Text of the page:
The infrasound observations from the 2004 Sumatra and 2011 Tohoku tsunamis were compared to find ways of identifying an event as early as possible. The French National Data Centre described how it had relied on IMS data to assess the severity of the damage to Fukushima’s reactor cores and to estimate the potential radiological impact on human health.
The French National Data Centre described how it had relied on IMS data to assess the severity of the damage to Fukushima’s reactor cores and to estimate the potential radiological impact on human health.
Health Canada provided an overview of the multi-departmental Canadian response. Data from the IMS network helped provide official advice to Canadians in Japan as well as helping with initial assessments of release levels – the so-called source term – and the establishment of evacuation zones. Elevated levels of the noble gas xenon-133 were detected by the Pacific Northwest National Laboratory (PNNL) at its facility in Richland, Washington, some 7,000 km away from Fukushima , providing early evidence of a nuclear accident. This is because noble gases do not interact chemically with the environment and can be released very easily from reactors or nuclear explosions. IMS measurements of xenon-133 were described as being ‘the highest fidelity measurements ever made after any kind of nuclear accident and far superior to what was available post-Chernobyl.” PNNL calculated that the amount of xenon released from Fukushima was approximately two to three times larger than what was emitted by the accident at Chernobyl.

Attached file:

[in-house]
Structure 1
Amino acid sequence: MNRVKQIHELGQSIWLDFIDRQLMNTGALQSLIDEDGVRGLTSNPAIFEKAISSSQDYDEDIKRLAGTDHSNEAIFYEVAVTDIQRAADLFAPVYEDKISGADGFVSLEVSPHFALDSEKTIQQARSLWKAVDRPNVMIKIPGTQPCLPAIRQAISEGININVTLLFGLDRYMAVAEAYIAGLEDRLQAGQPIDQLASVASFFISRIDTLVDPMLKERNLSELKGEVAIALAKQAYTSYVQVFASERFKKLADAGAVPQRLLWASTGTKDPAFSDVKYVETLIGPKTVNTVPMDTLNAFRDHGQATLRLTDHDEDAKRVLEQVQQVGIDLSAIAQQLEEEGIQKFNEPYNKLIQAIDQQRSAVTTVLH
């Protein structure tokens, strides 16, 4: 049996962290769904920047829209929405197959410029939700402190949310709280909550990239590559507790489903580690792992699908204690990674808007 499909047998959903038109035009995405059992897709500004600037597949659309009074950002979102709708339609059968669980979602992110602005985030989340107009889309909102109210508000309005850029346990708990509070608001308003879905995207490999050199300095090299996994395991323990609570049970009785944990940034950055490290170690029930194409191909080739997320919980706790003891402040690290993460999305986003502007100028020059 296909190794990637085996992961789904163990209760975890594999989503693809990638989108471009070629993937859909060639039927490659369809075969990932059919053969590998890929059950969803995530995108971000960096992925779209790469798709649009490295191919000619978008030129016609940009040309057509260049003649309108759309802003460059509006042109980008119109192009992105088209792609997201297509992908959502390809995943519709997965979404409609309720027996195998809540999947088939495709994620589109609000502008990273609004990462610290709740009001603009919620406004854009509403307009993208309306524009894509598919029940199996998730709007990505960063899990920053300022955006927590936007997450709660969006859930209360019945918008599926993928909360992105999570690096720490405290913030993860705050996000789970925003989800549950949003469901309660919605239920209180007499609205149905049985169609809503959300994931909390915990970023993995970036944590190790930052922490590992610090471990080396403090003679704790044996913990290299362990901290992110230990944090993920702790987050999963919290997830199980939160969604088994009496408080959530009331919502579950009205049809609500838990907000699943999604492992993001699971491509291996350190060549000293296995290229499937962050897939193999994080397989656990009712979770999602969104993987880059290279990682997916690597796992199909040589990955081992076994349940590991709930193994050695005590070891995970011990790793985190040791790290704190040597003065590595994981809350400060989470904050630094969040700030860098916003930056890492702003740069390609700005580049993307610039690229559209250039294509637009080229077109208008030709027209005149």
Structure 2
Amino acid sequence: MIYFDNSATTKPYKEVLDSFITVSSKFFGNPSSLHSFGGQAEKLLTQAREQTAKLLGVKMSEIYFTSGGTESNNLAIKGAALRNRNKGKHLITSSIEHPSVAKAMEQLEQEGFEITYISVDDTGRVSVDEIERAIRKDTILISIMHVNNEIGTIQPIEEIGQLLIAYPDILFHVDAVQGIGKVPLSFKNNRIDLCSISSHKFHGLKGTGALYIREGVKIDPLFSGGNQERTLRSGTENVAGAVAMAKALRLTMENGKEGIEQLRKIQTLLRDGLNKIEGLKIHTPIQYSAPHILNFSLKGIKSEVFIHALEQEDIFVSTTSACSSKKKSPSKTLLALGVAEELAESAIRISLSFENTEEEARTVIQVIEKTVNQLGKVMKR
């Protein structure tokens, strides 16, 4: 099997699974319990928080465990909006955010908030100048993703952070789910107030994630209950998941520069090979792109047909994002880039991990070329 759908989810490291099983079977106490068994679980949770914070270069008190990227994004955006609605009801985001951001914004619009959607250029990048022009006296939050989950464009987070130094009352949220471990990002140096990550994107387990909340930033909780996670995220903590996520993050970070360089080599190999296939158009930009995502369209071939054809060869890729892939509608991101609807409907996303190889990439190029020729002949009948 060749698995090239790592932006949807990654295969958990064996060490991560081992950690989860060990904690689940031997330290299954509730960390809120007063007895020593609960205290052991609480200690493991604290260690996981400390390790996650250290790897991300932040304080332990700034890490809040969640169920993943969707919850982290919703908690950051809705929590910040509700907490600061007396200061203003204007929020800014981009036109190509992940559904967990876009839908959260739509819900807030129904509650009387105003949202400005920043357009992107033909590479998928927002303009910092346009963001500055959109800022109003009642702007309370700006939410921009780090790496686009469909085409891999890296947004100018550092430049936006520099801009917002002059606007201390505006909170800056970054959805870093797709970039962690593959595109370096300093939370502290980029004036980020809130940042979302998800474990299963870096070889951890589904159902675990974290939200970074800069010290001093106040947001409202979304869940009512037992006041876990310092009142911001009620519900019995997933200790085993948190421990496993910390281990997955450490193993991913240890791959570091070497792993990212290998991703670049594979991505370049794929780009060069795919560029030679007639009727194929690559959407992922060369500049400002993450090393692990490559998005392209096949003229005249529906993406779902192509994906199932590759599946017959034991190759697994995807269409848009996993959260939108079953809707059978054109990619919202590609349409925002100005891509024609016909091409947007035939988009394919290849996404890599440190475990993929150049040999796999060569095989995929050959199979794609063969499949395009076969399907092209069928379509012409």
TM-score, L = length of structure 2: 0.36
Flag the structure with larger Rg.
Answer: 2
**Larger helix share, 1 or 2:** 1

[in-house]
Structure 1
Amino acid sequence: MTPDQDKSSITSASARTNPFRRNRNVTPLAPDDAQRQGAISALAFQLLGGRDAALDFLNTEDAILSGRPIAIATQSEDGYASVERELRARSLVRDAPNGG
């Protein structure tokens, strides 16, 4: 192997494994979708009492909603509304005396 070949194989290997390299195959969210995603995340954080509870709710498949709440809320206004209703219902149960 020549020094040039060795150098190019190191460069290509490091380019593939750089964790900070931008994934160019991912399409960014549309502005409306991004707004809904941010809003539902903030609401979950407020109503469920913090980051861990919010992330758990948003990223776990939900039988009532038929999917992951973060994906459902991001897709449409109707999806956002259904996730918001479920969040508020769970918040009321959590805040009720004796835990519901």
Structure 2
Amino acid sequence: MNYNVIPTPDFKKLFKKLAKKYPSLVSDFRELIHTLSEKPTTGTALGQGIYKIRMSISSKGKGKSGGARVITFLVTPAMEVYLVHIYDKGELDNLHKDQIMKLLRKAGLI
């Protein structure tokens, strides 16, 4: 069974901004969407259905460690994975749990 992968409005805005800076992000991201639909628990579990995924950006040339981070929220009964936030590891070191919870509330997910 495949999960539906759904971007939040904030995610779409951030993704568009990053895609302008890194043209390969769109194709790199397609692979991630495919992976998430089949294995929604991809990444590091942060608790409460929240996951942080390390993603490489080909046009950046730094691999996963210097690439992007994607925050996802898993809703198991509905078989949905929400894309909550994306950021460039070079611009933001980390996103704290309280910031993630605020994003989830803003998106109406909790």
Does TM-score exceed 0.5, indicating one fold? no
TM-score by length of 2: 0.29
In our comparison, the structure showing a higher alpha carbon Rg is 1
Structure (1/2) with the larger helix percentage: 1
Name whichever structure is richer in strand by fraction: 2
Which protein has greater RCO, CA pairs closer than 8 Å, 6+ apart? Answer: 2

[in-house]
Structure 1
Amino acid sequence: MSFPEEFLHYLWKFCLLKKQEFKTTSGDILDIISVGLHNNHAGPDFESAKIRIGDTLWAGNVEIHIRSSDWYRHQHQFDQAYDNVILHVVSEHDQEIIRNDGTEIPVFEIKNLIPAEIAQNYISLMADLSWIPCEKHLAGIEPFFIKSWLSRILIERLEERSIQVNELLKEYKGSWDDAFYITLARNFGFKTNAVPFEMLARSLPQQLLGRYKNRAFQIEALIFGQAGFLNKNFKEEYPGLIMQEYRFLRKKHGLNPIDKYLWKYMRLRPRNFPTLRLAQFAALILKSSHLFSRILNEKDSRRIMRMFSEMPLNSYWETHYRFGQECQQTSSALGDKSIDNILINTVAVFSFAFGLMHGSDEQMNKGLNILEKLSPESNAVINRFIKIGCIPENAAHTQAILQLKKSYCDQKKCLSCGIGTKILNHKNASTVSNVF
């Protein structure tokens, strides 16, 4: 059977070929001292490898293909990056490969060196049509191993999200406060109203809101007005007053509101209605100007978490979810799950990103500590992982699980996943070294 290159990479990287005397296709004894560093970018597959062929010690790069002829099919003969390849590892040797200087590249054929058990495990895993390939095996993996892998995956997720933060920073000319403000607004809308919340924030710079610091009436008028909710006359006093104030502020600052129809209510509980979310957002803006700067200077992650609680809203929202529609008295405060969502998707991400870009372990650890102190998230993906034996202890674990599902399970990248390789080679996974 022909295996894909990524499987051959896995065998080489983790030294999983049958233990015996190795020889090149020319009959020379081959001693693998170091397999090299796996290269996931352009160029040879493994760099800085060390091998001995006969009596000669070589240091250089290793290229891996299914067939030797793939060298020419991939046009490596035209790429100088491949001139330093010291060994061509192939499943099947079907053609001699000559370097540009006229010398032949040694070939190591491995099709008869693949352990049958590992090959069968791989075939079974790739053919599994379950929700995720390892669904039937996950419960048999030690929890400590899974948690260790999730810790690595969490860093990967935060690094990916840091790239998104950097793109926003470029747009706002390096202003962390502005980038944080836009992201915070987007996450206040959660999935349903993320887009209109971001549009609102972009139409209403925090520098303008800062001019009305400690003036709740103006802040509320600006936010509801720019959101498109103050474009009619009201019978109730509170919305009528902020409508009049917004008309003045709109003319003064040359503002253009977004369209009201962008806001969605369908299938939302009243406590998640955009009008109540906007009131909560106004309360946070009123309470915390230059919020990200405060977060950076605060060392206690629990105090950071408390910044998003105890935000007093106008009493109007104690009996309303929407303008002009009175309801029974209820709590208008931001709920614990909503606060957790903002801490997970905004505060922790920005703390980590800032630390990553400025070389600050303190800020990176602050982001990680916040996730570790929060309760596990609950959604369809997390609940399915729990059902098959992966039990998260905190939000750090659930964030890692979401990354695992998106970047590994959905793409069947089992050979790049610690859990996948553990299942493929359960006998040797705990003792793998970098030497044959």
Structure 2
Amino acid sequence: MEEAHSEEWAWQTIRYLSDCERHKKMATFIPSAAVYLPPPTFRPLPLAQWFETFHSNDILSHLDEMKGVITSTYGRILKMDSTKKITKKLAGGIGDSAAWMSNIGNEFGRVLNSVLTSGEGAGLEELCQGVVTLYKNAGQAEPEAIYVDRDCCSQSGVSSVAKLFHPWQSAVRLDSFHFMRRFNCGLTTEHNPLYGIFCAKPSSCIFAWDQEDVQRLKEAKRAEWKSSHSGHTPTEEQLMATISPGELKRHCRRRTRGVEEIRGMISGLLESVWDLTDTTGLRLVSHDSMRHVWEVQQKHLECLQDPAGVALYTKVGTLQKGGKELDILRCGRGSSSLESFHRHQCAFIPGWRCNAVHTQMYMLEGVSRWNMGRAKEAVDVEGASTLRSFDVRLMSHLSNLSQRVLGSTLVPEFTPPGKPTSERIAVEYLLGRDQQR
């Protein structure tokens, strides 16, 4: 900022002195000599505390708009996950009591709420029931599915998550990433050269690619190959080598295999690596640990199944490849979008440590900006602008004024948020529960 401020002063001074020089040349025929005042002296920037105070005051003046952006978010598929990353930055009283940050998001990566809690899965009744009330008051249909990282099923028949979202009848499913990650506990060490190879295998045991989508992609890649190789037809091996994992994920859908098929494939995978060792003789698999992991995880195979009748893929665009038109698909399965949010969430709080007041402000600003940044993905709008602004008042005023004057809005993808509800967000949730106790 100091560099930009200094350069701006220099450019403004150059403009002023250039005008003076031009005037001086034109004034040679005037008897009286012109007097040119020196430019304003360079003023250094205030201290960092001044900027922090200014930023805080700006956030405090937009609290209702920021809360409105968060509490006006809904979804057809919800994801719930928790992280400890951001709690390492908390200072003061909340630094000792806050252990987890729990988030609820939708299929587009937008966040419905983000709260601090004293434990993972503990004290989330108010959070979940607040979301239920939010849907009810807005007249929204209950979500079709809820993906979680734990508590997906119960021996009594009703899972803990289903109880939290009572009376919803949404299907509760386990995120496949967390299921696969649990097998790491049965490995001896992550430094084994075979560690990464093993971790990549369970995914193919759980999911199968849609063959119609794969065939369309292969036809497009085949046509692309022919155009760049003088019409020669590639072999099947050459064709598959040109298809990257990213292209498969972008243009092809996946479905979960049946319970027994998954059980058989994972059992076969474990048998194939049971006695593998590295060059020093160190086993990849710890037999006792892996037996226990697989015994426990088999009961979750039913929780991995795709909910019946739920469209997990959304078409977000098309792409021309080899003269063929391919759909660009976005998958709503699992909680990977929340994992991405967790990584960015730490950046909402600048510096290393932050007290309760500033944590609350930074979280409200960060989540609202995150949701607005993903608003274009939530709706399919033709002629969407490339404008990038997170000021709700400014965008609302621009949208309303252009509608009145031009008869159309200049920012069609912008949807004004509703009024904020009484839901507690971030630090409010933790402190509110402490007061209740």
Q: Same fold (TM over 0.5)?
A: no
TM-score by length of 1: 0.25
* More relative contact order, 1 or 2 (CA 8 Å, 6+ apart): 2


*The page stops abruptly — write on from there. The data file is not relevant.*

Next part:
IMS measurements of xenon-133 were “the highest fidelity measurements ever made after any kind of nuclear accident and far superior to what was available post-Chernobyl.” Ted Bowyer, Pacific Northwest National Laboratory